Samskara as an Allegory
Allegory, in literature, symbolic story that serves as a disguised representation for meanings other than those indicated on the surface. The characters in an allegory often have no individual personality, but are embodiments of moral qualities and other abstractions. The allegory is closely related to the parable, fable, and metaphor, differing from them largely in intricacy and length. A great variety of literary forms have been used for allegories. The medieval morality play Everyman, personifying such abstractions as Fellowship and Good Deeds, recounts the death journey of Everyman, John Bunyan’s Pilgrim Progress, a prose narrative, is an allegory of man’s spiritual salvation. Spenser’s poem The Faerie Queene, besides being a chivalric romance, is a commentary on morals and manners in 16th-century England as well as a national epic. Although allegory is still used by some authors, its popularity as a literary form has declined in favor of a more personal form of symbolic expression.
Northrop Frye considers that all commentary or the relating of the events of a narrative to conceptual terminology is in one sense allegorical interpretation’. Samskara seems especially open to this mode of interpretation because not only the events but the objects described in the novel seem to be invested with allegorical overtones.
The allegorical overtone of the flowers in the gardens of the Brahmins in Durvasapura agrahara:
The flowers that bloomed in the gardens of the Brahmins in Durvasapura agrahara are a good example of this. These were used for purposes of worship and were never enjoyed for their beauty or fragrance. These were used for purposes of worship and were never enjoyed for their beauty or fragrance. The description in Chapter Two is a remarkable palimpsest of realistic details and allegorical nuances, setting the tone for the rest of the novel. Only the flowers in Naranappa’s yard were different because these were solely meant for Chandri’s hair and a vase in the bedroom’–for sensuous human enjoyment and not for divine consecration. The basic polarity of the novel is between direct involvement in the sensuous aspects of life and a detachment through the denial of senses.
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The opposition between order and disorder:
The opposition between the values of the agrahara which the Acharya shares in the beginning of the novel and those of the renegade Naranappa extends beyond the framework of religion or custom. With allegorical clarity two fundamentally different responses to experience are presented: one emphasizing order and restraint, the other abandonment and passion. The smell of the night-queen bush in Naranappa’s yard broadcasts to the village the latter message: ‘In the darkness of the night the bush was thickly clustered with flowers, invading the night like some raging lust, pouring forth its nocturnal fragrance. The agrahara writhed in its hold as in the grip of a magic serpent-binding spell.’ (p. 15). The words ‘darkness’, ‘night’, ‘serpent’, “magic’, ‘lust’, and ‘writhe combine to evoke the irresistible aura which is a threat to the life-denying values of the agrahara.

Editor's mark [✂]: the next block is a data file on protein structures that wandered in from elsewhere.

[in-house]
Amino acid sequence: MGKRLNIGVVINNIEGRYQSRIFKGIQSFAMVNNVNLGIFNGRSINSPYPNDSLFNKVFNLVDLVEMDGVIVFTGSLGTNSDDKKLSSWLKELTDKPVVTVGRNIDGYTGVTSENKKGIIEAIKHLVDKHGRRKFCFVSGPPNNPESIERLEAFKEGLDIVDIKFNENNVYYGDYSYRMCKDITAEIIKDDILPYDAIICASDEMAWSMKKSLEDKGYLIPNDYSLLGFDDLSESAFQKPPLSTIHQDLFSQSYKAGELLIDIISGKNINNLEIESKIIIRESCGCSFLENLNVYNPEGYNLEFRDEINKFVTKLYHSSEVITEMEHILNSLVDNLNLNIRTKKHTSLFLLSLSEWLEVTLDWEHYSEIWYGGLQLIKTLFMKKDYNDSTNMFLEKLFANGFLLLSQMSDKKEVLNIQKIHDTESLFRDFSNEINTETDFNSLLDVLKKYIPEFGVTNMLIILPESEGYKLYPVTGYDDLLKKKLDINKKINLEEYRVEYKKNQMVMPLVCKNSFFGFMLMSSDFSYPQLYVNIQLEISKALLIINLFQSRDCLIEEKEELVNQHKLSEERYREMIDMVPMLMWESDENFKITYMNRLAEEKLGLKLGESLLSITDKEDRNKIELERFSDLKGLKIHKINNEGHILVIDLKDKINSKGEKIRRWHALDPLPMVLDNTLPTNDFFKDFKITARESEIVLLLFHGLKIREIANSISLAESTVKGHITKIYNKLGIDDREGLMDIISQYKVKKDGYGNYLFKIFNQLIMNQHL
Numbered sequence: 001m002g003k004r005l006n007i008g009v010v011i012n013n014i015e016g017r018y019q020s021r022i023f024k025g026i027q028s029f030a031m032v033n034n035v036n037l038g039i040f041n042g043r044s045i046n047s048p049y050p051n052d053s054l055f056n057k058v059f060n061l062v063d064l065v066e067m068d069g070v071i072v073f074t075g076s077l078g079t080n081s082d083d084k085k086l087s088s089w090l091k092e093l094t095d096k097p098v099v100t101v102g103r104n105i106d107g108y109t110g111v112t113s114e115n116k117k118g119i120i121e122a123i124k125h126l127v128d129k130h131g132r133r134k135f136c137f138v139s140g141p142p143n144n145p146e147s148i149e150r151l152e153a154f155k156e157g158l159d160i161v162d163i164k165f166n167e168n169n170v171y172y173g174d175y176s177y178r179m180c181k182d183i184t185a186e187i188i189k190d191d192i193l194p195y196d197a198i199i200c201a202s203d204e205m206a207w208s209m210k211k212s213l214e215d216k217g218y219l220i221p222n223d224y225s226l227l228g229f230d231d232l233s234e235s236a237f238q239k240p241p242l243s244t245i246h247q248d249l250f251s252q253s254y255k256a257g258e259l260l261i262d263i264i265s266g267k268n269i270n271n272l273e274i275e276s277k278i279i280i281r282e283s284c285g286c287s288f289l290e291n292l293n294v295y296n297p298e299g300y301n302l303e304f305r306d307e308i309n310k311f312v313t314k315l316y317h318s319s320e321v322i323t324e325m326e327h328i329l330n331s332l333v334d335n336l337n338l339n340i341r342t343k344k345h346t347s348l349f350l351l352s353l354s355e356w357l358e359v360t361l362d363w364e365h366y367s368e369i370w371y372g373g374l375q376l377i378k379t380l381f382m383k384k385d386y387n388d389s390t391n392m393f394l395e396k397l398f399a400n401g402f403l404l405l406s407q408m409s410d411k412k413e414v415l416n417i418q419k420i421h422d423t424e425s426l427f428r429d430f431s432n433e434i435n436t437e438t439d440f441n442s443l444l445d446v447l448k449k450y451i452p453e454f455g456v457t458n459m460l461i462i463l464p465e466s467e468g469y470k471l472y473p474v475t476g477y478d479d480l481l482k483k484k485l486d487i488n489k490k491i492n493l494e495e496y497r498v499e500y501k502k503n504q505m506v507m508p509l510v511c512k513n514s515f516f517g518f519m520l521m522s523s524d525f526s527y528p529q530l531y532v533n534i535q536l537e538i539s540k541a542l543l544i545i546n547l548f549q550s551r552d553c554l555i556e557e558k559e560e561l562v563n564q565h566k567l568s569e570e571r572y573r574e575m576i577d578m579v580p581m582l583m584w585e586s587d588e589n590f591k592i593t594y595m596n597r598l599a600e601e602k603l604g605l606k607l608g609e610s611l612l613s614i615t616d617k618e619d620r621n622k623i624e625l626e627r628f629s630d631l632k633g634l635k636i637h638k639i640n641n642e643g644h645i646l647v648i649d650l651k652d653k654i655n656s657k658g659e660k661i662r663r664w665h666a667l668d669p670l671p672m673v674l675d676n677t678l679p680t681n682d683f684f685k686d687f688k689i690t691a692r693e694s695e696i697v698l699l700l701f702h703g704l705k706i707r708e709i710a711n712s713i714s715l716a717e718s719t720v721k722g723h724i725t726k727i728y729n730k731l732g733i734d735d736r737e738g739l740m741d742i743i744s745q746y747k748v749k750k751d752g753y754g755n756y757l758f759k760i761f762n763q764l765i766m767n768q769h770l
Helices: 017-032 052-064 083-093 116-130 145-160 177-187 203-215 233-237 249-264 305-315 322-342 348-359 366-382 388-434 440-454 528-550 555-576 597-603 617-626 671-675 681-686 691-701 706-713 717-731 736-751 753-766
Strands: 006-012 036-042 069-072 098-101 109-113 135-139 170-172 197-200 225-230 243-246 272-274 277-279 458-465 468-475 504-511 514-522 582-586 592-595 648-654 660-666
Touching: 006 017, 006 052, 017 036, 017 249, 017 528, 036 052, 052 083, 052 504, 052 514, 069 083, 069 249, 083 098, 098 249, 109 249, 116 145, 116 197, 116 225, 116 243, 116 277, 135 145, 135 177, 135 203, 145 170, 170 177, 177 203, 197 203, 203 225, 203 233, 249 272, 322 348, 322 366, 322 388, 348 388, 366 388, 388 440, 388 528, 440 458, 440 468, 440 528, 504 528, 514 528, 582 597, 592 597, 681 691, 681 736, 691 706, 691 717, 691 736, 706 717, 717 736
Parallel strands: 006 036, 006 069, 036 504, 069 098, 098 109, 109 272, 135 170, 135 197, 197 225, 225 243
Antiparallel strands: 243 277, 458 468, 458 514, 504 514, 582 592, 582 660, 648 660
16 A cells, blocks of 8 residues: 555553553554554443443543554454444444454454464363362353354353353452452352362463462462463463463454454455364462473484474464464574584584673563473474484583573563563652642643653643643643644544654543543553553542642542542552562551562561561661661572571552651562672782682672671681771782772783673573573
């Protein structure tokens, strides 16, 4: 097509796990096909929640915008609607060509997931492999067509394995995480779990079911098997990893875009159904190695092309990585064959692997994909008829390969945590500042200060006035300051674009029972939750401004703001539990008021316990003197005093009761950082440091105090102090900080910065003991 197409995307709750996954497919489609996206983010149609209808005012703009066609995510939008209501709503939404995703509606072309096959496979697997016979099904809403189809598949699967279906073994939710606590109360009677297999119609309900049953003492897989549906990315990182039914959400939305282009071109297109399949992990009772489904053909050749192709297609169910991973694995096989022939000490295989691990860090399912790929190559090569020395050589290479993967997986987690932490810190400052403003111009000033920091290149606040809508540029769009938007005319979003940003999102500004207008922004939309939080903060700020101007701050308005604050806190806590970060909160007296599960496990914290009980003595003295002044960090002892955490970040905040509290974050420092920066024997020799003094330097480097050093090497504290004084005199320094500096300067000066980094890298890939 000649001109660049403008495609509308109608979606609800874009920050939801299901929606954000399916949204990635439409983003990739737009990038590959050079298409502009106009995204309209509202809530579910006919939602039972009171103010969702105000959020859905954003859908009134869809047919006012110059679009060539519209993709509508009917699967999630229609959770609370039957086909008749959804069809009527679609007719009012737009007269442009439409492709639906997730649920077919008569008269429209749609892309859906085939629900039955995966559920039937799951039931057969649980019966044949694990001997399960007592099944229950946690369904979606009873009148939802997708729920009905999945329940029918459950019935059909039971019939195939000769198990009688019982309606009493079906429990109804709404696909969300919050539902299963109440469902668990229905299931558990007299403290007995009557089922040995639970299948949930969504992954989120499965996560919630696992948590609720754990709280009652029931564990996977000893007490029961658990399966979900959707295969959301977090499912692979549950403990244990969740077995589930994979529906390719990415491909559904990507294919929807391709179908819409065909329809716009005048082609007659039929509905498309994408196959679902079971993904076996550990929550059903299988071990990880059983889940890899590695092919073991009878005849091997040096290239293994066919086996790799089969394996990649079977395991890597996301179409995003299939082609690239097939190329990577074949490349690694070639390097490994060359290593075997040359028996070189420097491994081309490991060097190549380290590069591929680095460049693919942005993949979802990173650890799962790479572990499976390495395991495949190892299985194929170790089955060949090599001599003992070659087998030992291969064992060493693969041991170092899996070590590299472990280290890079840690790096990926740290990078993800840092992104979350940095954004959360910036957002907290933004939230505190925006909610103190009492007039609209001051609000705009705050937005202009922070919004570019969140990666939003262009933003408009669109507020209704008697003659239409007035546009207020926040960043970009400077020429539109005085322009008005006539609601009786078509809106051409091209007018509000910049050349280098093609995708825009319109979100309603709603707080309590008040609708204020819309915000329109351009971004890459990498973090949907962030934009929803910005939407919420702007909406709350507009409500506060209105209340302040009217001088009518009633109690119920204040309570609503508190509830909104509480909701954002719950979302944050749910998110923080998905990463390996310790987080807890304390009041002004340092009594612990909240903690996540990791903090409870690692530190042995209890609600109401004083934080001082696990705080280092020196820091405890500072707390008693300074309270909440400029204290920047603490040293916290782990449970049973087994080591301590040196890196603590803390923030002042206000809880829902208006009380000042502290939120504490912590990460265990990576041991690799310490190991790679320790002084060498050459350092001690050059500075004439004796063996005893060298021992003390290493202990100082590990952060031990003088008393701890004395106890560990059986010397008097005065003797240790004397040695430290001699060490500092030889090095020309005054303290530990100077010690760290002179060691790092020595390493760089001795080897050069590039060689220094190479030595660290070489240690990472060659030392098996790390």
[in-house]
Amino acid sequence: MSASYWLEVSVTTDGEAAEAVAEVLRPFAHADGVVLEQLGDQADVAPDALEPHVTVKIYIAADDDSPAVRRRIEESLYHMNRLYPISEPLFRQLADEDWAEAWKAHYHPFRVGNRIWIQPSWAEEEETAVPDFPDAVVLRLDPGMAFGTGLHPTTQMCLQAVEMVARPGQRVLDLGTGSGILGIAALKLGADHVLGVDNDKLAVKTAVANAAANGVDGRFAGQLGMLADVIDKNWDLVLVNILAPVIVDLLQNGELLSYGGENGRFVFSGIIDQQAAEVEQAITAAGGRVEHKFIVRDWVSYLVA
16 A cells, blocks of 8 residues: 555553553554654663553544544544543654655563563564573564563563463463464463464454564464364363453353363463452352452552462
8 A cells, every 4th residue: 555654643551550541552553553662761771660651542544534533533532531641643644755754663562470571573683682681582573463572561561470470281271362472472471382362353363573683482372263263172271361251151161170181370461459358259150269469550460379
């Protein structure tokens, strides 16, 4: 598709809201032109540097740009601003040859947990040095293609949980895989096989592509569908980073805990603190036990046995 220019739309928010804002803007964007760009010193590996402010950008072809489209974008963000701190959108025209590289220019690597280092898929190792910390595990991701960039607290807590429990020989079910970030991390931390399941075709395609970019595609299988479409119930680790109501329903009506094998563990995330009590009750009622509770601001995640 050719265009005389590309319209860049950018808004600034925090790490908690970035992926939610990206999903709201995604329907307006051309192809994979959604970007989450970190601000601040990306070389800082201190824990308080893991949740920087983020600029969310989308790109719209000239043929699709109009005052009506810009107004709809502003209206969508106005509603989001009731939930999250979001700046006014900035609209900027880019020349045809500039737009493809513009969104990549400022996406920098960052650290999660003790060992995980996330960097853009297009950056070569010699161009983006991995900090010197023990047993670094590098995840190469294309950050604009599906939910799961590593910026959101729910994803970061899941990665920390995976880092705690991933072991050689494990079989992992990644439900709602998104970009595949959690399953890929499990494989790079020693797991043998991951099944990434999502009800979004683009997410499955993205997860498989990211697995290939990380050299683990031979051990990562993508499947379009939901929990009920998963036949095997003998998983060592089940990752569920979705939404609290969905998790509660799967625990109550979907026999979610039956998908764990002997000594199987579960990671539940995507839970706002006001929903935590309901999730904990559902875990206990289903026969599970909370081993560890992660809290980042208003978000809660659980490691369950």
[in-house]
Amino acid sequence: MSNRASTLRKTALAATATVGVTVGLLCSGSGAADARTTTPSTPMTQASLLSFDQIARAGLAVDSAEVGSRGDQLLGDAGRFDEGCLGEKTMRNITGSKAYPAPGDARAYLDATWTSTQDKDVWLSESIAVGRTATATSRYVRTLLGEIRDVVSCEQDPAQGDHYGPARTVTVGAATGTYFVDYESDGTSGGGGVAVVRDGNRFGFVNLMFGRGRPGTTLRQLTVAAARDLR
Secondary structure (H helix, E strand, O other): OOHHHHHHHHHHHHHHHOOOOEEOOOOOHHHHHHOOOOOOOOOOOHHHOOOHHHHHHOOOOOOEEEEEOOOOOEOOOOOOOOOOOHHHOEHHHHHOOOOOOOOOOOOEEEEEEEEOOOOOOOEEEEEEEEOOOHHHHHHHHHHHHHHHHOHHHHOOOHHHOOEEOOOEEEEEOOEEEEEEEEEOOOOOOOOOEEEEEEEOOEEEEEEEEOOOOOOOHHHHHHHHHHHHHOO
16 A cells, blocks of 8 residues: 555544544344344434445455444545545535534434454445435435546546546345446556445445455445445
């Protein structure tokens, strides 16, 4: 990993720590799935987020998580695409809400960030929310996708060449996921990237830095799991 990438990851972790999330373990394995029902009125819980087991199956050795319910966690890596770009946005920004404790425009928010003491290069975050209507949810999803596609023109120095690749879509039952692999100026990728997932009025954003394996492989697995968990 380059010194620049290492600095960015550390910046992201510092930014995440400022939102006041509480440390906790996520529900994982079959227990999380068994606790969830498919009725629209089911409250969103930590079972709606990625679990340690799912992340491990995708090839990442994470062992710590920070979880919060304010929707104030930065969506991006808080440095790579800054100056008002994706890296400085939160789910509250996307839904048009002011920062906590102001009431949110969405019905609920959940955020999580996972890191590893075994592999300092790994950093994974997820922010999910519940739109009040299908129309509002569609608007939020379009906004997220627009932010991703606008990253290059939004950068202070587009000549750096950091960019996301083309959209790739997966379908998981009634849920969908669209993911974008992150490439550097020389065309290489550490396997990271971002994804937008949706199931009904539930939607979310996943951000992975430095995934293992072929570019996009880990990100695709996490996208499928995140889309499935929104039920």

The sexual connotation of the snake referring to feminine eroticism:
The snake has obvious sexual connotations, and by transference so do the snake-like braids of women. ‘Chandri worse her black snake-like hair in a knot” (p. 15) and Padmavati’s ‘snake braid coming down her should, over her breast’ (p. 123) unsettles the Acharya’s equilibrium. Even when unbraided. women’s hair has erotic associations. At Shripati’s call Belli came out, ‘her hair washed in warm water, wearing only a piece below her waist, naked above, waves of hair pouring her back and face’. (p.40). The hair-serpenteroticism thread runs throughout the novel, for example in the description of the woman acrobat at the fair as ‘serpentine…all curves’, and of Belli ‘like a snake writhing in the sand’. All the Brahmin women in contrast to Chandri, Belli, Padmavati and the heroines of the legend and myth are depicted as frigid with “dwarfish braids’ and withered bodies. The fisherwoman in Ravi Verma’s painting and the Muslim wife of Jagannatha the poet excite the imagination of the starved Brahmins.
In Samskara women are made to carry the allegorical burden while the male protagonist is invested with subjectivity and agency. Praneshacharya‘s invalid wife epitomizes the diseased sterility of the entire agrahara. The life principle embodied in women has dried up in the rigidity of the orthodox community, while outside this enclosed world there is a celebration of life made more desirable by contrast. Shripati’s wife would tighten and twine un her thighs when he approached her, but there was always Belli in the outcaste hutments: her body … the colour of the earth, fertile, ready for seed, warmed by an early sun’ (p. 37). The sensuousness of the women outside the agrahara is raised to a symbolic level by repeated mythic references to Urvasi, Menaka and Matsyagandhi temptresses of the sages. The apsaras stand outside social and ethical parameters and embody in them the feminine essence unfettered by familial relationships. Thus the withered Bhagirathi and the luscious Chandri are both symbolic figures in the dream landscape of Praneshacharya’s journey.